More than a year of preparation came down to one day for one patient and the surgical team that was about to change his life. Joseph DiMeo, a 22-year-old man from New Jersey, had been severely injured in a motor vehicle accident, and in an effort to regain his independence, he turned to NYU Langone Health to perform the world’s first-ever successful face and double hand transplant.
Over the 23-hour operation last August, Zoe Berman, MD ’17, stood alongside the surgeons, confirming each critical step as the hands and face were detached from both the donor and Mr. DiMeo, and then the donor hands and face were carefully affixed to the recipient. For Dr. Berman, a reconstructive plastic surgery research fellow under world-renowned doctor Eduardo D. Rodriguez at NYU, the “groundbreaking” operation was a culmination of in-depth research and planning that she and her colleagues had contributed to in order to ensure its success.
After finishing up her fellowship at NYU, Dr. Berman will return to Maimonides Medical Center to complete a surgery residency this July, not without an experience she deemed “life-changing” just as it was for the patient. She shared what it was like to participate in the planning and execution of such an intricate procedure.
St. George’s University: How unique of an undertaking was this for Dr. Rodriguez and his team?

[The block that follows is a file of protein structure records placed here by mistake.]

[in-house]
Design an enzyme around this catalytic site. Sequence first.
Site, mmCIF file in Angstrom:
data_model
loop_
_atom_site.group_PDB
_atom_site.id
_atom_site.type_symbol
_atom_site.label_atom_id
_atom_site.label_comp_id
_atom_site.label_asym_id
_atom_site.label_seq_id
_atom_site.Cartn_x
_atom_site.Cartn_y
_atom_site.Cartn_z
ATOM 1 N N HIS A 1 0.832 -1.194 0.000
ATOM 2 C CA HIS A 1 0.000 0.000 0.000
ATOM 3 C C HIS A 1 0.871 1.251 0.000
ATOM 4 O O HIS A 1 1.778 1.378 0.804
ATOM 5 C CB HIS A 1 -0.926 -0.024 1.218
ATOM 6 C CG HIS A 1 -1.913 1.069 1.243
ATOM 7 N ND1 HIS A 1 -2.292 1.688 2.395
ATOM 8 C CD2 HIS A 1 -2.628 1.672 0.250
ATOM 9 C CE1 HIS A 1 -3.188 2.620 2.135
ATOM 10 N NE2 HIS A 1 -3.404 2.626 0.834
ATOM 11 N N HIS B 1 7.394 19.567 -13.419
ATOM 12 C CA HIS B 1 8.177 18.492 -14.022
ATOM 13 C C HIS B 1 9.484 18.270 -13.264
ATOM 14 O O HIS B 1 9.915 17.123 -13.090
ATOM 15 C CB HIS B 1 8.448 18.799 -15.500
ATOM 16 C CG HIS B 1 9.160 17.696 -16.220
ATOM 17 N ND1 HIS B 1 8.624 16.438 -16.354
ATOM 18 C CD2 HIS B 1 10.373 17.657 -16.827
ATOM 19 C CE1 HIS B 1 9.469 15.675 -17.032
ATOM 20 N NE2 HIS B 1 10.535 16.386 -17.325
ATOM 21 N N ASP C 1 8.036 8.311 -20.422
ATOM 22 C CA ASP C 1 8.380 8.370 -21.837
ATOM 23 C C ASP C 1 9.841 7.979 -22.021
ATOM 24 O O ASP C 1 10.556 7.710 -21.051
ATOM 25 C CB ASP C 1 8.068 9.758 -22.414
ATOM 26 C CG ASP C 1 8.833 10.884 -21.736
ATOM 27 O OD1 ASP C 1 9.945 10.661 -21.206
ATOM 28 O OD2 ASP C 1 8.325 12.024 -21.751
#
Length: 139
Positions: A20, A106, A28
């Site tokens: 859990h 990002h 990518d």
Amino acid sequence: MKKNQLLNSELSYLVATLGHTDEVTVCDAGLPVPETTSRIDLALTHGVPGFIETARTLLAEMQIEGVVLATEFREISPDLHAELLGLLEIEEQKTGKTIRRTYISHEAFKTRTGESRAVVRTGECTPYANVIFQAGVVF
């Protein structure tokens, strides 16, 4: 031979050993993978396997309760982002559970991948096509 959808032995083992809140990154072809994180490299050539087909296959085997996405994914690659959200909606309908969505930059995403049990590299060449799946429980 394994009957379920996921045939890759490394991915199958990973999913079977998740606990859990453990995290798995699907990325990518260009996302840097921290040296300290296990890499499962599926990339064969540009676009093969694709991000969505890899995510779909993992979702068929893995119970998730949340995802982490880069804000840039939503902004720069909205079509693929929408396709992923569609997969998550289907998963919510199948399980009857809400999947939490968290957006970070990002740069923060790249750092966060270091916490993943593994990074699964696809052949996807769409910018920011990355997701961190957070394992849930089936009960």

Dr. Berman: This was the first-ever hand transplant to be performed at NYU. There have been two face transplants done at the institution—one in 2015 and another in 2018—but NYU physicians had never done a hand transplant. Only 150 or so have been performed worldwide, and the combined face and double hand transplant procedure had never been done before successfully.
SGU: What was your role prior to and during the operation?
Dr. Berman: I was a part of the four-person research team that helped procured the necessary information to build the foundation for this procedure to happen. We started with a review of the peer-reviewed literature on hand transplant and other combined transplants, where we evaluated more than 1,800 articles and ended up critically appraising 93 of those articles to see how we could use that information to inform what our procedural steps were going to be, and how to execute the surgery safely and successfully. We were looking for what elements contributed to the successes of past surgeries, and perhaps even more importantly so, where the unsuccessful operations fell short—whether they were too ambitious in terms of the amount of skin that they took, the blood supply wasn’t adequate, or the patient simply wasn’t the best candidate. We then centralized all of this information and presented it to the surgical team.
Our research team also worked with the surgeons over a series of monthly rehearsals to develop the procedural steps for the hand transplant element. We created a surgical checklist to ensure adherence to every single agreed-upon step of the donor procurement, the recipient operation, and the re-attachment of the hands. Each operative sequence had between 30 and 50 steps and it took all the guesswork out of it.
SGU: Describe what it was like the day of the operation.
Dr. Berman: We had two adjacent operating rooms functioning simultaneously. Our team physically stood alongside the surgeons during all the cadaver rehearsals as well as the actual transplant to ensure that everyone was adhering to the procedural steps. When you’re talking about connecting multiple blood vessels, tendons, bones, and lot of different structures that meld together, it can make it a very complicated procedure.